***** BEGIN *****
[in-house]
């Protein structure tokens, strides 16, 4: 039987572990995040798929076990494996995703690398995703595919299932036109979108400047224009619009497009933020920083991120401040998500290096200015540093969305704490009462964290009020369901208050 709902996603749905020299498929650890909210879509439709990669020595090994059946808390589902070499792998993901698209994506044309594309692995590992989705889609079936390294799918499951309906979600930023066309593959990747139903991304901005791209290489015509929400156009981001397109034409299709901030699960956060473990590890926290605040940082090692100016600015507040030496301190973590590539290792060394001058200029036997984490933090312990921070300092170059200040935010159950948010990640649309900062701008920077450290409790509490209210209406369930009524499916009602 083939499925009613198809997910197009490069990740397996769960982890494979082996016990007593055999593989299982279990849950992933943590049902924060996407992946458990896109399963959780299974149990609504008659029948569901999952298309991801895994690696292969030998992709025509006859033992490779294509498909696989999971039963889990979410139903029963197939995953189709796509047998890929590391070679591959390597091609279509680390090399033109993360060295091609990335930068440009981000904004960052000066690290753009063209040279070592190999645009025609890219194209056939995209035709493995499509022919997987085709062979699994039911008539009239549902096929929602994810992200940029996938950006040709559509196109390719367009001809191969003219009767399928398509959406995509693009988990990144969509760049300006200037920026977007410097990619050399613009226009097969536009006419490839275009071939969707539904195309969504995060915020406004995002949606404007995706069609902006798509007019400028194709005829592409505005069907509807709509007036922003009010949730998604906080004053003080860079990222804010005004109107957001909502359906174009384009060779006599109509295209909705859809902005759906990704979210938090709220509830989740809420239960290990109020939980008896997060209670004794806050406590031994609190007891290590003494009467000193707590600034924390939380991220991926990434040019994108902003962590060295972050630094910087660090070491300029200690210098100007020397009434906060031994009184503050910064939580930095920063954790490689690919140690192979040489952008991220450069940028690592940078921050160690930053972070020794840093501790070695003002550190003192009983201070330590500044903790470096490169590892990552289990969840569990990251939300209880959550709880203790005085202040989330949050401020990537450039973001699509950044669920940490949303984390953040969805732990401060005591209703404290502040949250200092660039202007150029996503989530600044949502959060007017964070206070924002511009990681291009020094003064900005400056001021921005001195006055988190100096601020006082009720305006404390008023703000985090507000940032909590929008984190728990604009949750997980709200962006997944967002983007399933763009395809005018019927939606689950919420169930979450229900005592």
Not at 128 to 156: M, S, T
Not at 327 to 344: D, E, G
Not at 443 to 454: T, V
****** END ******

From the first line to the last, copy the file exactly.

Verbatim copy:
[in-house]
């Protein structure tokens, strides 16, 4: 039987572990995040798929076990494996995703690398995703595919299932036109979108400047224009619009497009933020920083991120401040998500290096200015540093969305704490009462964290009020369901208050 709902996603749905020299498929650890909210879509439709990669020595090994059946808390589902070499792998993901698209994506044309594309692995590992989705889609079936390294799918499951309906979600930023066309593959990747139903991304901005791209290489015509929400156009981001397109034409299709901030699960956060473990590890926290605040940082090692100016600015507040030496301190973590590539290792060394001058200029036997984490933090312990921070300092170059200040935010159950948010990640649309900062701008920077450290409790509490209210209406369930009524499916009602 083939499925009613198809997910197009490069990740397996769960982890494979082996016990007593055999593989299982279990849950992933943590049902924060996407992946458990896109399963959780299974149990609504008659029948569901999952298309991801895994690696292969030998992709025509006859033992490779294509498909696989999971039963889990979410139903029963197939995953189709796509047998890929590391070679591959390597091609279509680390090399033109993360060295091609990335930068440009981000904004960052000066690290753009063209040279070592190999645009025609890219194209056939995209035709493995499509022919997987085709062979699994039911008539009239549902096929929602994810992200940029996938950006040709559509196109390719367009001809191969003219009767399928398509959406995509693009988990990144969509760049300006200037920026977007410097990619050399613009226009097969536009006419490839275009071939969707539904195309969504995060915020406004995002949606404007995706069609902006798509007019400028194709005829592409505005069907509807709509007036922003009010949730998604906080004053003080860079990222804010005004109107957001909502359906174009384009060779006599109509295209909705859809902005759906990704979210938090709220509830989740809420239960290990109020939980008896997060209670004794806050406590031994609190007891290590003494009467000193707590600034924390939380991220991926990434040019994108902003962590060295972050630094910087660090070491300029200690210098100007020397009434906060031994009184503050910064939580930095920063954790490689690919140690192979040489952008991220450069940028690592940078921050160690930053972070020794840093501790070695003002550190003192009983201070330590500044903790470096490169590892990552289990969840569990990251939300209880959550709880203790005085202040989330949050401020990537450039973001699509950044669920940490949303984390953040969805732990401060005591209703404290502040949250200092660039202007150029996503989530600044949502959060007017964070206070924002511009990681291009020094003064900005400056001021921005001195006055988190100096601020006082009720305006404390008023703000985090507000940032909590929008984190728990604009949750997980709200962006997944967002983007399933763009395809005018019927939606689950919420169930979450229900005592």
Not at 128 to 156: M, S, T
Not at 327 to 344: D, E, G
Not at 443 to 454: T, V